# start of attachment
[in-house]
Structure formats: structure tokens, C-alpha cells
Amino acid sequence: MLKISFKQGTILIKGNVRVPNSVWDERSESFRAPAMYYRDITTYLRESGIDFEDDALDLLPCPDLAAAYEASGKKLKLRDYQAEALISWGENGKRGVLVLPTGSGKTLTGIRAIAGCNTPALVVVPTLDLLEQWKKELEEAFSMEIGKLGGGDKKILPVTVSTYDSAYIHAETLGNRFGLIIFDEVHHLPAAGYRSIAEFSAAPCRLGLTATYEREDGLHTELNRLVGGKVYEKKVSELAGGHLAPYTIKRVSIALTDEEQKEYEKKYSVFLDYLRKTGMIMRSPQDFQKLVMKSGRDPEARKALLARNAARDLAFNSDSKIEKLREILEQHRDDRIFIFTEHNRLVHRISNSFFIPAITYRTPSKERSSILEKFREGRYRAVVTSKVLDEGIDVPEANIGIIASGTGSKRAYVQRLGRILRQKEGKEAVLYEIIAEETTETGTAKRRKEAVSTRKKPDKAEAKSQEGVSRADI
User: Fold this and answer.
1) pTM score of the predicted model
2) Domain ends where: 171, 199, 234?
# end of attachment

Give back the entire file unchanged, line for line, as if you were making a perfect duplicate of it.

[in-house]
Structure formats: structure tokens, C-alpha cells
Amino acid sequence: MLKISFKQGTILIKGNVRVPNSVWDERSESFRAPAMYYRDITTYLRESGIDFEDDALDLLPCPDLAAAYEASGKKLKLRDYQAEALISWGENGKRGVLVLPTGSGKTLTGIRAIAGCNTPALVVVPTLDLLEQWKKELEEAFSMEIGKLGGGDKKILPVTVSTYDSAYIHAETLGNRFGLIIFDEVHHLPAAGYRSIAEFSAAPCRLGLTATYEREDGLHTELNRLVGGKVYEKKVSELAGGHLAPYTIKRVSIALTDEEQKEYEKKYSVFLDYLRKTGMIMRSPQDFQKLVMKSGRDPEARKALLARNAARDLAFNSDSKIEKLREILEQHRDDRIFIFTEHNRLVHRISNSFFIPAITYRTPSKERSSILEKFREGRYRAVVTSKVLDEGIDVPEANIGIIASGTGSKRAYVQRLGRILRQKEGKEAVLYEIIAEETTETGTAKRRKEAVSTRKKPDKAEAKSQEGVSRADI
User: Fold this and answer.
1) pTM score of the predicted model
2) Domain ends where: 171, 199, 234?